Week 1: June 30-July 4



Introduction to MIC120 class, Excel Review, Intro to Database concepts. Book: About This Courseware. On-Your-Own Tasks: Access Intro.

FIRST - no worries. If you are not yet signed up for this class, and/or are awaiting financial aid, you can sign into the computers as a guest: just hit enter at the open login, then enter again. This should work for the first 2 weeks.

NOTE: It turns out that students can only get into the CANVAS tool once they are actually registered for a class and payment (whatever arrangement) HAS been received and the IT dept notified to "activate" the student's current logins and passwords.



  • Class Information
  • Context of this class
  • Get logged in to Seattle Central computer
  • Computer Resources
  • Web Browser Email Basics


Class Requirements
  • Class Book: Microsoft Access 2013 Certification Guide, Lambert/Cox, Microsoft Press, ISBN: 13: 978-1-55332-399-0. Print and digital okay. This book is REQUIRED for graded assignments. The SCC bookstore could NOT order it from the vendor, so you need to get it yourself right away.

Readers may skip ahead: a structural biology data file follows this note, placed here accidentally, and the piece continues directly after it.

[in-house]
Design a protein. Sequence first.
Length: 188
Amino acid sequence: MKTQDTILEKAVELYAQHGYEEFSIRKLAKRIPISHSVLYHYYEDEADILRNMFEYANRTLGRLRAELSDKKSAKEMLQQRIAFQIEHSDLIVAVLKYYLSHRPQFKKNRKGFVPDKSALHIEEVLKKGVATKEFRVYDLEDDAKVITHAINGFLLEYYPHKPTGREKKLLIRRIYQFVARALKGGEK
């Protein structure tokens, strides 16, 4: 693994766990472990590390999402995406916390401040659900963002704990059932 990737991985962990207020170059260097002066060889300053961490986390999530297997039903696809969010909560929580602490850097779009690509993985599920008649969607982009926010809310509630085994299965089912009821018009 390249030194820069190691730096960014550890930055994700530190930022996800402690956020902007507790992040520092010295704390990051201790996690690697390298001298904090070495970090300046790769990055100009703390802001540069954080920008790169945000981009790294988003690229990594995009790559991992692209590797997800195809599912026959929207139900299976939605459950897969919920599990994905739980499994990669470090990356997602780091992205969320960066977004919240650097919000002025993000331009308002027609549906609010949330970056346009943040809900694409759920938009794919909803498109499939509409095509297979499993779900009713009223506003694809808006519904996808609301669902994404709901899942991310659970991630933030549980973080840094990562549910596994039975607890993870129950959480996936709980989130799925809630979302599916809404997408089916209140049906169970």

• Access to the program MS Access 2013 for PC (school, home, library, community center, etc.). Note that MS Access 2011 for MACs and earlier versions of MS Access are NOT acceptable for completing assignments in this class.
  • 24/7 internet access, even dial-up or cell phone texting.
  • Email account.
  • 2 gig USB Flash drive,
  • Class web site (you are here now!)
  • CANVAS tool
  • Seattle Central programs access - class, computer lab, library.
  • Attendance and performance
  • Time management - at least 2 hours out-of-class time:1 hour of class time
Image of MS Access required book
Class website
  • Navigation
  • On-Your-Own Tasks
  • Help
Attendance and performance
What this class does
  • Understand database concepts.
  • Recognize commonly used database terms and abbreviations.